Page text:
She bent down curling her small frame around the tiny frame of her daughter. I watched her breathe her in, finger her curls, caress her cheek, and inhale the peace, regarding her daughter's future, that the doctor had just gifted her. My own eyes grew wet and warm, as I watched her eyes spill rivers of salty tears. I recognized the universal language spoken the world over by mothers, as her hands gently moved over her daughter's body seeming to echo the cadence of words spilling from her lips and mingling with the tears dripping from her warm, brown eyes. There was a sacredness that clung to the moment, and I averted my eyes in an effort to not pierce that sacred with the intrusion of my presence. But in a breath she drew me in, and we were all wrapped up together, arms entwined, hearts beating fast, her mama eyes meeting mine, and despite the language barrier our eyes communicated a thousand words stolen directly from the dictionary of motherhood.
In that very moment I knew that I had to do a better job of telling a better story. A story that included how so many mamas here love their children just like so many mamas there. This mama in front of me, beaming at her daughter, despite being born into poverty in this developing country, and despite neglect and abuse, and abandonment, stretched beyond her circumstances over and over and over again in order to be a good mother to her daughter. She knocked on gates for years to find employment. She offered her daughter the first and best food, even when she too needed the nourishment. When she was shoved out to the streets to make her bed, she wrapped her small body around her infant to protect her and keep her warm. Despite hardships that I cannot even fathom, she raised her daughter on her own for three years, and her daughter was happy, healthy, cherished, and oblivious to the fact that many on the other side of the world would pity her. Her laughter is sure, and she is confident in the simplicity of her life, and the love of her mother. As a mother, as a woman, as a human, when I think of her story, I feel inspired. I don't feel the fatigue that inevitably comes after a hard story. I feel inspired to know and love this woman, and I feel inspired in my own mothering because of her. I have never doubted her love and dedication for her daughter, and I could empathize with the depth of it when her doctor broke some hard, crushing news, and her body shook with sobs, not for herself, but for her child.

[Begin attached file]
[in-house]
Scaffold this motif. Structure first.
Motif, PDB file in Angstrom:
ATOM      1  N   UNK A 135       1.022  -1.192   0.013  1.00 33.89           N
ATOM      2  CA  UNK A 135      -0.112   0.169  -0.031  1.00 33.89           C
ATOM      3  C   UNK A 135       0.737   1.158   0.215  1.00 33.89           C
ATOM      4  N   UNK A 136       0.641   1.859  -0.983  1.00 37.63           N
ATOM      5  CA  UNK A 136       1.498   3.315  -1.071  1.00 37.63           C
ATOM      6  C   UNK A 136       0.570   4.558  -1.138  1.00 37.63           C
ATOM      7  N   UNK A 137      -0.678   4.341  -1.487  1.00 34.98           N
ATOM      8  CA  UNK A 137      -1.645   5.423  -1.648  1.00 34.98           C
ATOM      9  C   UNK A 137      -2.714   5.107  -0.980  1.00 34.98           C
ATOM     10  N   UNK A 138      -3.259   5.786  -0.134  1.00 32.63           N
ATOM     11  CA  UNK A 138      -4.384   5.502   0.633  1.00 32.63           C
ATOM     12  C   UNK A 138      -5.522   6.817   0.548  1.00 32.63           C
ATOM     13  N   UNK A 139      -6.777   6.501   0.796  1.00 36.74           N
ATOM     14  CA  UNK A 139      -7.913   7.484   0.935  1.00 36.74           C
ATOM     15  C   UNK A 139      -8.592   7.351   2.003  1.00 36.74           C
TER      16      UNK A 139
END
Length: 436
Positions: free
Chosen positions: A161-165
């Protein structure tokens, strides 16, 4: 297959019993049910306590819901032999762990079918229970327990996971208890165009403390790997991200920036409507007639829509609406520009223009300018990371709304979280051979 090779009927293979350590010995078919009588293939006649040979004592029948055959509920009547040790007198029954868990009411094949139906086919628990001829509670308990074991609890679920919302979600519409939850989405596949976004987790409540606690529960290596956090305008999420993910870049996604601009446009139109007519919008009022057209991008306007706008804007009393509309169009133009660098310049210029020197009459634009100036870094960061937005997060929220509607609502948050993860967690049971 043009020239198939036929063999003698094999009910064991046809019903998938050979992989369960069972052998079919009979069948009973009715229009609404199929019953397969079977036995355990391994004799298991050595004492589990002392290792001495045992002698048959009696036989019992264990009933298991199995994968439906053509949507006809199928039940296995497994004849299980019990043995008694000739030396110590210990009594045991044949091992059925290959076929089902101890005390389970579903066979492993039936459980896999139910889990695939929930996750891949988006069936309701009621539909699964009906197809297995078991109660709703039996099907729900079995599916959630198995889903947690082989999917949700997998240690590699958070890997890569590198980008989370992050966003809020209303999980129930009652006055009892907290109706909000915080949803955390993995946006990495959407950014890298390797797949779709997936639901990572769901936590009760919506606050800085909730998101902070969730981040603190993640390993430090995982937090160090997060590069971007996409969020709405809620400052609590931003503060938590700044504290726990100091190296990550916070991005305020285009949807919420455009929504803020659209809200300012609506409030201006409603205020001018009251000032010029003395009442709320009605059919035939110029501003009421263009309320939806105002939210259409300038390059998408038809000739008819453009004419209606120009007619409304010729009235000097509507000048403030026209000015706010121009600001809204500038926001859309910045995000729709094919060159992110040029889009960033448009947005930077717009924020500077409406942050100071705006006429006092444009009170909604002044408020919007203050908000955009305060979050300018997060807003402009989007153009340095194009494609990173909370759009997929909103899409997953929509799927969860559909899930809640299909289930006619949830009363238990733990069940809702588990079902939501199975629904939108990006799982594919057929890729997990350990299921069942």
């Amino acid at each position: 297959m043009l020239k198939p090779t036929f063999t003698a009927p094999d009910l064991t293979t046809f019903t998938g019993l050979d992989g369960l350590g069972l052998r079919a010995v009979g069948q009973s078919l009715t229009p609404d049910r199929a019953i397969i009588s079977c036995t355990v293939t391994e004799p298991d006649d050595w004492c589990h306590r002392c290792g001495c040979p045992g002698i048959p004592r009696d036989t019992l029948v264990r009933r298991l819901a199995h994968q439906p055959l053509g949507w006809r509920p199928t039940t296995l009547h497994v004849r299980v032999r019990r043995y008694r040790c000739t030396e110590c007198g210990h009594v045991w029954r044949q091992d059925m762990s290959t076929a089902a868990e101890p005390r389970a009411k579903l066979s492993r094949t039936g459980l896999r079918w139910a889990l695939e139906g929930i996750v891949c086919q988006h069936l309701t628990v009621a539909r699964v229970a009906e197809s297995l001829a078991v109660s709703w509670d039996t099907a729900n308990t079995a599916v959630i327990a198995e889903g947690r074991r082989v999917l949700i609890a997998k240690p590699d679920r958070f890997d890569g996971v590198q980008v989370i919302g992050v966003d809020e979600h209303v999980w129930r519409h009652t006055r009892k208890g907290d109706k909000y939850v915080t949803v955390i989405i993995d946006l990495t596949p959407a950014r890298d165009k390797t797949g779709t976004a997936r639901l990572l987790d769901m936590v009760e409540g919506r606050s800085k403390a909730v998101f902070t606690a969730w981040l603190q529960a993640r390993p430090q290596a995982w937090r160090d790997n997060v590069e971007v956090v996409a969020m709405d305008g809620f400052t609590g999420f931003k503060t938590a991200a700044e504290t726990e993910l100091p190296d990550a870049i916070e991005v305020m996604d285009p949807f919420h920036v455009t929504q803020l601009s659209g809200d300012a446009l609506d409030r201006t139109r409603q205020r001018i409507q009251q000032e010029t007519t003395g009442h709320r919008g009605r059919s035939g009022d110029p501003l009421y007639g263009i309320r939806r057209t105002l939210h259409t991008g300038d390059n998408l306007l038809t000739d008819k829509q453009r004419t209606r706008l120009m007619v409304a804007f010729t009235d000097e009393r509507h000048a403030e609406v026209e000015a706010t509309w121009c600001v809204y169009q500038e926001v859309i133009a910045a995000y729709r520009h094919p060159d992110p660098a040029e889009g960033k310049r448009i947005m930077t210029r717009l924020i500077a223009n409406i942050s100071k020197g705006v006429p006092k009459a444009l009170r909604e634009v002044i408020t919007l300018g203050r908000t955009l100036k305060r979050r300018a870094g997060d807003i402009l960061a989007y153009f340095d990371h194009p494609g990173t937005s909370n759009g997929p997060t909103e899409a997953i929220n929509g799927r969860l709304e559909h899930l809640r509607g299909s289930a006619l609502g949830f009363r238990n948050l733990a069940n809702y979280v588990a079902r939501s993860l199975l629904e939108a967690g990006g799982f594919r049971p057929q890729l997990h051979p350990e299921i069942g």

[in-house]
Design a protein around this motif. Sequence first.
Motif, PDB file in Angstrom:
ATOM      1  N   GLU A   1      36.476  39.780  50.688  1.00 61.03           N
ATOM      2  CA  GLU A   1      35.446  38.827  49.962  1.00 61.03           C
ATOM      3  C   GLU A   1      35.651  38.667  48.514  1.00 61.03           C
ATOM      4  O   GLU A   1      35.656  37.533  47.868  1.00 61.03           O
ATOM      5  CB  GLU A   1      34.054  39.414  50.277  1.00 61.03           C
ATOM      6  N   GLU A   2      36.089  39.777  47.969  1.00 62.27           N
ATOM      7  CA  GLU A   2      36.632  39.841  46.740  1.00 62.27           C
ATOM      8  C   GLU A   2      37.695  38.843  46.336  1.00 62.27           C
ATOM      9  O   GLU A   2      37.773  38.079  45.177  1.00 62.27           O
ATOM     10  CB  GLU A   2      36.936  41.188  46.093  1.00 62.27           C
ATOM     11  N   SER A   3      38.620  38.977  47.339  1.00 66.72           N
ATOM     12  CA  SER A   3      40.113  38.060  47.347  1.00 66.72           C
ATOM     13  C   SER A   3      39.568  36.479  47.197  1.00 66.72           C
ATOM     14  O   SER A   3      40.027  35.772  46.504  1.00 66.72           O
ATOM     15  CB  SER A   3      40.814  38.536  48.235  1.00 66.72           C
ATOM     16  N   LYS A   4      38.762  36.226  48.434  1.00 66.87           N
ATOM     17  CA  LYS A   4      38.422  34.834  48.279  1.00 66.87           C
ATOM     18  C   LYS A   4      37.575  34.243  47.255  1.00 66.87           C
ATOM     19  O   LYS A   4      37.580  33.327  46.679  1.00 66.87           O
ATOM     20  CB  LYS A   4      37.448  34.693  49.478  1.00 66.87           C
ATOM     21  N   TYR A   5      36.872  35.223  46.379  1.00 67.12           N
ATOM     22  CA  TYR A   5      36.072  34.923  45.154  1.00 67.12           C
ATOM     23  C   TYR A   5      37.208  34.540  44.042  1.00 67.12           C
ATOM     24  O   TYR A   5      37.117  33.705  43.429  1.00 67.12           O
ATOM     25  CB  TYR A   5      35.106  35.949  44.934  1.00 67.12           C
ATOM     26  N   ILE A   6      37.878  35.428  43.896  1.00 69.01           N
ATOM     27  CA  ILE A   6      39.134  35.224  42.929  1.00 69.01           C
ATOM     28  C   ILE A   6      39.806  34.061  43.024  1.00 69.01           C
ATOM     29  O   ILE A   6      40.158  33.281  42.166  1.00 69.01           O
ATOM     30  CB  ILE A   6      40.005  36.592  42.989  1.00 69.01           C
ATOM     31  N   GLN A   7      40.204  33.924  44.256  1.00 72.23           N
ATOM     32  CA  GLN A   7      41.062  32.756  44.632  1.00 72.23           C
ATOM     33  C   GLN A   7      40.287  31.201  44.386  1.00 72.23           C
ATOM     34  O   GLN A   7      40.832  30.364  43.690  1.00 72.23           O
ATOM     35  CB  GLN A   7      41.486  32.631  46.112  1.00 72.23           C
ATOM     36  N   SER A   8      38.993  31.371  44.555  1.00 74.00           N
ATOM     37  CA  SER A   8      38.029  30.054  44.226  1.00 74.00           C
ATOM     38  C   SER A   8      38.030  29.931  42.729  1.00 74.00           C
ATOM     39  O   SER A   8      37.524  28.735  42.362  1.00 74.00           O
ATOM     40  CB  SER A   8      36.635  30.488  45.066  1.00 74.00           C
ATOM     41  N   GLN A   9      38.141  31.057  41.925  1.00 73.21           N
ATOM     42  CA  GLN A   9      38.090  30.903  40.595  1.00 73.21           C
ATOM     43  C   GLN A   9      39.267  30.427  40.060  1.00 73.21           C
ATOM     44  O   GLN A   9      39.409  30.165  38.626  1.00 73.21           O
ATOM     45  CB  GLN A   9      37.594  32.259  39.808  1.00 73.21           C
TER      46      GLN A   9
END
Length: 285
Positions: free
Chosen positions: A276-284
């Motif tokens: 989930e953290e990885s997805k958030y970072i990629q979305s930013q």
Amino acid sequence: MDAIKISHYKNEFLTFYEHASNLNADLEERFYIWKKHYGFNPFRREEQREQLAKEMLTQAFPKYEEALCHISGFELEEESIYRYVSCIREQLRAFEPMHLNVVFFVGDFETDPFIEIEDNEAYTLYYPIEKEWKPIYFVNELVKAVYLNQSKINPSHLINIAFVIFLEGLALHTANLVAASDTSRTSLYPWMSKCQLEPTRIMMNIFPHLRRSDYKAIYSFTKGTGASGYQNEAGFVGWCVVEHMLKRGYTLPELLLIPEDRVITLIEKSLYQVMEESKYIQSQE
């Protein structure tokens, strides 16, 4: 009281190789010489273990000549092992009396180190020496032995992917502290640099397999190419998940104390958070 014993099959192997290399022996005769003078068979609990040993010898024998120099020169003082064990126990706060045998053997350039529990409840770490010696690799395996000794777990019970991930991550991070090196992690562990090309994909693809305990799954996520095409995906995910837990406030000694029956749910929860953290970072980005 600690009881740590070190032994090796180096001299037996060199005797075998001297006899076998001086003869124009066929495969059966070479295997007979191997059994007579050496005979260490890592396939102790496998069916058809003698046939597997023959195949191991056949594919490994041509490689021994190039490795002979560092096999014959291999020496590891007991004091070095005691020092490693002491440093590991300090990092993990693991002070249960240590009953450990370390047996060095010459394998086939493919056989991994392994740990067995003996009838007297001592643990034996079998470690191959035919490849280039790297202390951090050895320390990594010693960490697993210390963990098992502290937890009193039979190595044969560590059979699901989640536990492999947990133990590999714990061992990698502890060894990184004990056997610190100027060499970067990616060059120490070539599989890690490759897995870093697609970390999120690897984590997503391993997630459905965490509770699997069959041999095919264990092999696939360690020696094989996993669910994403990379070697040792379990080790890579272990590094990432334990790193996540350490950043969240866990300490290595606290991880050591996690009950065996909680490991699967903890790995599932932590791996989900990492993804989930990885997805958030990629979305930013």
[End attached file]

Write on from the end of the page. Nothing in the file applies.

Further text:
In this journey, I have realized that in an effort to serve here I don't tell the better stories as much as I tell the sad ones. Looking around social media, I realize that I don't hear the better stories either. Better stories like this one, about the mothers here who do not let poverty steal away their child, who know and understand that regardless of the struggle, one of the very best gifts is the gift of being a mother.
For a long time people have used the plot of Africa to tell a sad, heart-breaking story. Anyone who follows the social media sphere of influence of missionaries, non-profits, adoptive families etc. who serve in Africa has no doubt heard these stories. The heart behind the telling of these stories is more often than not genuine in their desire to raise awareness and support for a place and people they love. There is a time and place and a need for these stories to be tenderly told. But for every devastating story told and gut-wrenching photo shared, I want the world to know the whole truth, that there are also better, beautiful stories to be told. Yes, my friends there are sad stories unfolding in this continent. I have seen things that I will never share because of the horror of them. I have seen what I wish that I could unsee. There are nights when my stomach churns and my heart bleeds because of what lies outside of my gate. These are realities. They are not made up simply to garner compassion and pull on heart strings and purse strings. But if we take a step back, we quickly realize a truth, that there are sad stories to be told in every continent. That is the reality of living in a world that was never meant to hold the weight of sin, and yearns for perfection to return.
But what I want you to know is that one, sad story cannot contain the narrative of an entire country, much less an entire continent. That's not fair. Just like one sad story cannot define your world. I have seen just as much good as I have seen bad. just as much beautiful as ugly, just as much wealth as poverty, just as much joy as sadness. The story is never just one note. There is always more depth, always more dimensions. It's the same kind of different here that it is there - a world of contrasts, of people with imperfections living inside a broken world. And with that comes stories some sad, some better, both needed.
Today I am giving my heart a break, and turning my focus to a better story. We don't know what tomorrow holds, but today I chose to pen the beautiful.